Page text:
I am told there is a book and a smaller catalogue (neither available when I visited) and we’ll be looking at the book, for certain, in Cameracraft magazine.
For further information on the exhibition please visit www.nms.ac.ukphotography
– David Kilpatrick
We’ve had news of the new Sigma Art HSM high speed wide angle full frame zoom – 24-35mm f/2.
It will be available in Nikon, Canon and Sigma mounts only (release date not yet confirmed) according to Sigma in the UK.
Note that this will be a bit of monster with its 82mm filter thread, 117mm long barrel and substantial petal lens hood.
Sigma does not make a full frame DSLR. Sony is now a major market for high end full frame lenses. What’s going on here? We’ll just have to wait and see. Maybe Sigma just reckon every FF Sony mirrorless owner will have a Canon AF adaptor and maybe their HSM – which works pretty well on the A7II – will even allow fast AF on the new A7R II.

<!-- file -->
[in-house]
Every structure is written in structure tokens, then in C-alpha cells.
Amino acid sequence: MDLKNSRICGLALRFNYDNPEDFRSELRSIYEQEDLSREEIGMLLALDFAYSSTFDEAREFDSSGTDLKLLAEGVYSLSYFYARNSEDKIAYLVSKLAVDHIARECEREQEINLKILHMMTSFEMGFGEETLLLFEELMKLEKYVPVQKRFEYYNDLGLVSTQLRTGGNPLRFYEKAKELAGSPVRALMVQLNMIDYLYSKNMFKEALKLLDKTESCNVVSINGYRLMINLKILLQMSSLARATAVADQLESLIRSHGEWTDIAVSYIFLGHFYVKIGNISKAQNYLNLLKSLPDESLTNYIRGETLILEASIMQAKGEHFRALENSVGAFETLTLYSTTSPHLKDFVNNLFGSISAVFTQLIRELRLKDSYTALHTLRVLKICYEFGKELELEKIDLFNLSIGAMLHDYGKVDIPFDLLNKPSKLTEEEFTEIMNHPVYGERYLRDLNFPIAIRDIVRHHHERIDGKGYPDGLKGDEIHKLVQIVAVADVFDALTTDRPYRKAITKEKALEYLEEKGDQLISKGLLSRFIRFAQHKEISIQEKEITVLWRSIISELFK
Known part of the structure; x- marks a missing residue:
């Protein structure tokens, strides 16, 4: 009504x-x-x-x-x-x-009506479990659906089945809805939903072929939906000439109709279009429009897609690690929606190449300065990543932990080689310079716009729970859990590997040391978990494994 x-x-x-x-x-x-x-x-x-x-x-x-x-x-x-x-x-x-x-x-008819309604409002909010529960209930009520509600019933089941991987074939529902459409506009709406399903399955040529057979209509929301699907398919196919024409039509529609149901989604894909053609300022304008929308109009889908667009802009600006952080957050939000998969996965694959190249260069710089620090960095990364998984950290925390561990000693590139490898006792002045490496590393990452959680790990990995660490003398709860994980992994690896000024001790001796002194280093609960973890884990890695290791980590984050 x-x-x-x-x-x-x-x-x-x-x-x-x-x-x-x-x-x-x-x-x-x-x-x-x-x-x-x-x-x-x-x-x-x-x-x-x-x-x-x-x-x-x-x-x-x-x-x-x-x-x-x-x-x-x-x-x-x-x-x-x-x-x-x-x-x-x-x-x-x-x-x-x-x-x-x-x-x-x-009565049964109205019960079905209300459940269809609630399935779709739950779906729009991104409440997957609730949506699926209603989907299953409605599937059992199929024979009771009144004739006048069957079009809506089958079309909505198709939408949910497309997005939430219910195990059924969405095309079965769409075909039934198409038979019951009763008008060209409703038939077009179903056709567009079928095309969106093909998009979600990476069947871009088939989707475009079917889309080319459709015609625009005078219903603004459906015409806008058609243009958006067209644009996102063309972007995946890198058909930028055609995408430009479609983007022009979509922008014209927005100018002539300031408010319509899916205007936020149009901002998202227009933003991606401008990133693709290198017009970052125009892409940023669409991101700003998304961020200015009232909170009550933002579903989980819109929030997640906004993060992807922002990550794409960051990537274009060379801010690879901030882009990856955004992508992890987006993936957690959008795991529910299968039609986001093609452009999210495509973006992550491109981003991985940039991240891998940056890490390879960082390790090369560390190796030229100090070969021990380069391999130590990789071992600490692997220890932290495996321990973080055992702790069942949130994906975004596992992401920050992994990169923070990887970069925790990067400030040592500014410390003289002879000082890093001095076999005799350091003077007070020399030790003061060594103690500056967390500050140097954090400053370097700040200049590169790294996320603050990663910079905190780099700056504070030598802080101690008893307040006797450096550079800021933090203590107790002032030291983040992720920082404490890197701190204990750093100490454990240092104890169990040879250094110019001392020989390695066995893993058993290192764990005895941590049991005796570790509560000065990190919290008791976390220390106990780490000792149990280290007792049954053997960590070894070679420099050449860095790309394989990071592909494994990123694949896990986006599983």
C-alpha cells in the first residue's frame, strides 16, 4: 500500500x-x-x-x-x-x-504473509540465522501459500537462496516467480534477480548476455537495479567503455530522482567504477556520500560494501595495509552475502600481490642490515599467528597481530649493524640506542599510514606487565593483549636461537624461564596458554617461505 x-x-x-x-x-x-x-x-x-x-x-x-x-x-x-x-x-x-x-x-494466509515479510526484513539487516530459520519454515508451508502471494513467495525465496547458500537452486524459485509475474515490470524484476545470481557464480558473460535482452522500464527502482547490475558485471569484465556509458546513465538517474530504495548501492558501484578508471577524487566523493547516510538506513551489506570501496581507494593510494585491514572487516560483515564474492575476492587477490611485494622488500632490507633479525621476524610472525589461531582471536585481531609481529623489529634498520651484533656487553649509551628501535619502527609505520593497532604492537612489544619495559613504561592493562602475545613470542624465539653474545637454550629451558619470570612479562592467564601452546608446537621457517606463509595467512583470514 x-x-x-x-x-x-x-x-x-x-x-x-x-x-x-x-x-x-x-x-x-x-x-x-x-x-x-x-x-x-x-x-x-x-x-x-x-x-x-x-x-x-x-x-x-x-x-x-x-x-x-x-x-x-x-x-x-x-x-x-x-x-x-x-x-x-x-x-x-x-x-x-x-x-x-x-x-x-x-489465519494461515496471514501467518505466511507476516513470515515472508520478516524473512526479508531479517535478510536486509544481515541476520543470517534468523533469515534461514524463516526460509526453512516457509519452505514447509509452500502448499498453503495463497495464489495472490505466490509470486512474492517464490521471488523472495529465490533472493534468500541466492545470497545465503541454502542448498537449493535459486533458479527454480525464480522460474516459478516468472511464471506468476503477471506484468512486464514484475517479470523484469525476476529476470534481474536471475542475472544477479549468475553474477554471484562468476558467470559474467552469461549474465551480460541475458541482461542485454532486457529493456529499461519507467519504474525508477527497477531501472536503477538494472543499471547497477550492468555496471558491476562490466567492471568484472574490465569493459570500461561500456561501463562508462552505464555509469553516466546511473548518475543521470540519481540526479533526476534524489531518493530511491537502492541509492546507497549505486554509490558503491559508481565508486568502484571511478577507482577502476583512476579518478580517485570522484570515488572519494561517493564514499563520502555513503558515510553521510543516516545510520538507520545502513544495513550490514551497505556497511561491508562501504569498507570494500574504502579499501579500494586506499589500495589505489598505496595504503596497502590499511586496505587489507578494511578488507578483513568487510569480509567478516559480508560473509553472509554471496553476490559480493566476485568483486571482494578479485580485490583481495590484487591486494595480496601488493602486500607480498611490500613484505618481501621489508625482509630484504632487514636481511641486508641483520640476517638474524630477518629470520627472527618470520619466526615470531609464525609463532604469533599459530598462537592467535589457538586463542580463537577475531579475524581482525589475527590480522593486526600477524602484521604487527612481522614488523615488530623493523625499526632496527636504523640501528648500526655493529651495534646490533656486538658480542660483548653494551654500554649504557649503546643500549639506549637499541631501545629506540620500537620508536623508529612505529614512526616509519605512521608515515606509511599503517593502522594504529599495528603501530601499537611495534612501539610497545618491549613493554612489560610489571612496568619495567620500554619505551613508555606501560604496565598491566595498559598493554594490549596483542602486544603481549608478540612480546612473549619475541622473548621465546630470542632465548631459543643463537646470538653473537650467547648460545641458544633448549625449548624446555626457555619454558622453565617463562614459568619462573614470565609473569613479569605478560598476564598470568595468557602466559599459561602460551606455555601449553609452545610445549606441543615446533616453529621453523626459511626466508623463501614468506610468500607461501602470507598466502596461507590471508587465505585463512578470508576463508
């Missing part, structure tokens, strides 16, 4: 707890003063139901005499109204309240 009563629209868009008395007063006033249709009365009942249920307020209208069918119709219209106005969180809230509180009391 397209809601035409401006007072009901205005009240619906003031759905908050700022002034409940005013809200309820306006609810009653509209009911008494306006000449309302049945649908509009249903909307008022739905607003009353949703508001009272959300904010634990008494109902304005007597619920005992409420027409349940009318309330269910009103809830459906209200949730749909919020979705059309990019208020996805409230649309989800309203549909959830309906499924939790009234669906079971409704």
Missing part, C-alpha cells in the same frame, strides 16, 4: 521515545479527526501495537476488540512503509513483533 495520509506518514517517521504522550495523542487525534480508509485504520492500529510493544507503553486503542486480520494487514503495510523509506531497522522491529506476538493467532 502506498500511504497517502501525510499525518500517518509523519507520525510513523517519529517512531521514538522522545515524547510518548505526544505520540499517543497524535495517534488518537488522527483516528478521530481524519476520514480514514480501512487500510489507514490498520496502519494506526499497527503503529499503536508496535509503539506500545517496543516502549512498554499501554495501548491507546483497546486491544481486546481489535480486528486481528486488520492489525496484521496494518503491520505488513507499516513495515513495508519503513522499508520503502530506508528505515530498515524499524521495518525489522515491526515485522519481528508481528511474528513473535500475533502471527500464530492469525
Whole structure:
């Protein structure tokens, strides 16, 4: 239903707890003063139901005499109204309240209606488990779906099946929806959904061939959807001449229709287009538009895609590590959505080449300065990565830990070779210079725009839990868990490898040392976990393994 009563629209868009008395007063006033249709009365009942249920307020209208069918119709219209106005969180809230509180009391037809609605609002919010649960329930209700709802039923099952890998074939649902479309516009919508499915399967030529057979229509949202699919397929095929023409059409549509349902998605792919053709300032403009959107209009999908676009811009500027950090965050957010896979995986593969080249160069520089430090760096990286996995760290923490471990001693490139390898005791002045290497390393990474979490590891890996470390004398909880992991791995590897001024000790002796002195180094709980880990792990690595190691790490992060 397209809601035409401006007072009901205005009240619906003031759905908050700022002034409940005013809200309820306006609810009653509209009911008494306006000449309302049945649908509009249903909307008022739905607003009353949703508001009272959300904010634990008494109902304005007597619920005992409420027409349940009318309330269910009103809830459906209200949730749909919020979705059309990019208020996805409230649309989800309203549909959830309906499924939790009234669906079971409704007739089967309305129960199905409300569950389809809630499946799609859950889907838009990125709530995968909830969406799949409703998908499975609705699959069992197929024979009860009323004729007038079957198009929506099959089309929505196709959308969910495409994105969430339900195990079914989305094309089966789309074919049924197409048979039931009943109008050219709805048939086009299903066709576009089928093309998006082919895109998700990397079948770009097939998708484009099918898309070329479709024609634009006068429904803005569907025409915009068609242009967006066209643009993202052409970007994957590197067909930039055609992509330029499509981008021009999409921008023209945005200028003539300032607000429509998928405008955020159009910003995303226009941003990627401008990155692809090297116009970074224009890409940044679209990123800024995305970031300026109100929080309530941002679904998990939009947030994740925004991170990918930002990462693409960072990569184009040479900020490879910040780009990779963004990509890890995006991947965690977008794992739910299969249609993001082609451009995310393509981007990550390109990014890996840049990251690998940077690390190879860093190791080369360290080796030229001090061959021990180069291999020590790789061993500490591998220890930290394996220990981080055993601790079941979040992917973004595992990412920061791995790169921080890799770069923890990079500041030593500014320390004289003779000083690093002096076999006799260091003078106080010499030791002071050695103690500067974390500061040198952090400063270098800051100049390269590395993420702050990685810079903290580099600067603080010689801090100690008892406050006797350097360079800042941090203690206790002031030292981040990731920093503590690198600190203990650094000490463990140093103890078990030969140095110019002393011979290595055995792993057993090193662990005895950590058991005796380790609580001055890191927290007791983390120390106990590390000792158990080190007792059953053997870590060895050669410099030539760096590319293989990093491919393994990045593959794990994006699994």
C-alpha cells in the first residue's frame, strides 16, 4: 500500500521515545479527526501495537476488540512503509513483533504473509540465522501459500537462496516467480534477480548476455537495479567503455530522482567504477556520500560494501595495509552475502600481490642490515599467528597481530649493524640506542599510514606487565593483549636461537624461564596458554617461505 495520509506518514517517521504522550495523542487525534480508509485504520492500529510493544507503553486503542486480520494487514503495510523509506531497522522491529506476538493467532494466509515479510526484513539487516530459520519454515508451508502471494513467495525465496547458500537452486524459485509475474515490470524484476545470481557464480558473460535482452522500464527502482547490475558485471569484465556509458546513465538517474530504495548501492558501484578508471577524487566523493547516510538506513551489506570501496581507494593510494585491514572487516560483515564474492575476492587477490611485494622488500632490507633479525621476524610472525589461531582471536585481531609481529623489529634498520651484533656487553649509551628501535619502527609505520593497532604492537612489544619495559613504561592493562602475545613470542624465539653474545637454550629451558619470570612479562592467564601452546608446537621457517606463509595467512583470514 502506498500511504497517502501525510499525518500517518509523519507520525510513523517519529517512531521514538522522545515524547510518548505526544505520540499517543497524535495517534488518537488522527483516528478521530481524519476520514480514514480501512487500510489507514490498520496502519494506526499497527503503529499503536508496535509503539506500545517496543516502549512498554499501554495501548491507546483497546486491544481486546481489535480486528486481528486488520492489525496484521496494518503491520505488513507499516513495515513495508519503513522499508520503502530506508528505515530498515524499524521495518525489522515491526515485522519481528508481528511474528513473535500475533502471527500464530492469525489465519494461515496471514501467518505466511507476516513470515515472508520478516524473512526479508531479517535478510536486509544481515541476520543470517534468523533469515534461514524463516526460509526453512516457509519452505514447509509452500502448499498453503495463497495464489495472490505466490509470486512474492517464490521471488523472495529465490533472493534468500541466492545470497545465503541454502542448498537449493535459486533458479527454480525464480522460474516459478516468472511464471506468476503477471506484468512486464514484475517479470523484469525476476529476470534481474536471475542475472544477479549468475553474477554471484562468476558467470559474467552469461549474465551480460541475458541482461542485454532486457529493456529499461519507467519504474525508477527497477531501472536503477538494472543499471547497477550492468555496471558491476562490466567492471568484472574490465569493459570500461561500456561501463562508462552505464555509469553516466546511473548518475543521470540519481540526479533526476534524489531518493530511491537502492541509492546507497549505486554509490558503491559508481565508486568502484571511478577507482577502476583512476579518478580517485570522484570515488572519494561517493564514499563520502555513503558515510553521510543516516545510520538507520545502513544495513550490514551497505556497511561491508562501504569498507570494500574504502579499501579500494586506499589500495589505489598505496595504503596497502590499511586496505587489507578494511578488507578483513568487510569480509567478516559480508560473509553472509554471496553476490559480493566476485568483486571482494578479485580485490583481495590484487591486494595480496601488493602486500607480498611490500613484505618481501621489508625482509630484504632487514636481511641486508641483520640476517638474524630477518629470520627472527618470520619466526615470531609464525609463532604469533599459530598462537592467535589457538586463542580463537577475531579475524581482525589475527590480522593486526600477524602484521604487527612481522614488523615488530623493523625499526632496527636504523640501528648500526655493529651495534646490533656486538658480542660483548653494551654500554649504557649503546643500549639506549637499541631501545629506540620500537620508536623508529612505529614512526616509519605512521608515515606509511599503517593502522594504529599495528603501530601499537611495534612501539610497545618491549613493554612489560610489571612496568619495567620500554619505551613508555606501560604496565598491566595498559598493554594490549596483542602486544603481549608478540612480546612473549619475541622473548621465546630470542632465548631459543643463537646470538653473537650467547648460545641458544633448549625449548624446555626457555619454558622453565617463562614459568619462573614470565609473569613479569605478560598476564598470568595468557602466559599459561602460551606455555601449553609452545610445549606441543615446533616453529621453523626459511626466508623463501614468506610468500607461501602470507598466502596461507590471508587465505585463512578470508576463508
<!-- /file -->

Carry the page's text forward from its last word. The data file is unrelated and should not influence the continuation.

Well, I never really liked what Hasselblad did with the smaller Sony cameras – but what they did with the A99 is pretty cool, with the different body skin and control details. At the original price? A rip-off!
For $3999 including a 24-70m CZ lens and a special case – a bargain. This is still an amazing camera. OK, at the official price of $11,999 it would have been the badge of a wealthy eejit. At $3999 it’s a snap-up deal for anyone wanting the highly capable A99 in a form which will have wedding guests keeping their mouths shut even if they do have a cheap old Canon 5D MkIII round their neck.
B&H have this offer right now.
And for purists, they have an equally extreme reduction on the Sony NEX-7. Make no mistake, this is still a top end classic with excellent controls and it works with the older Sony hot shoe. It is only $498 with the 18-55mm lens, all in black. That’s amazing.
B&H NEX-7 with 18-55mm – reduced from $1248 to $498.
(Updated June 15th after press conference)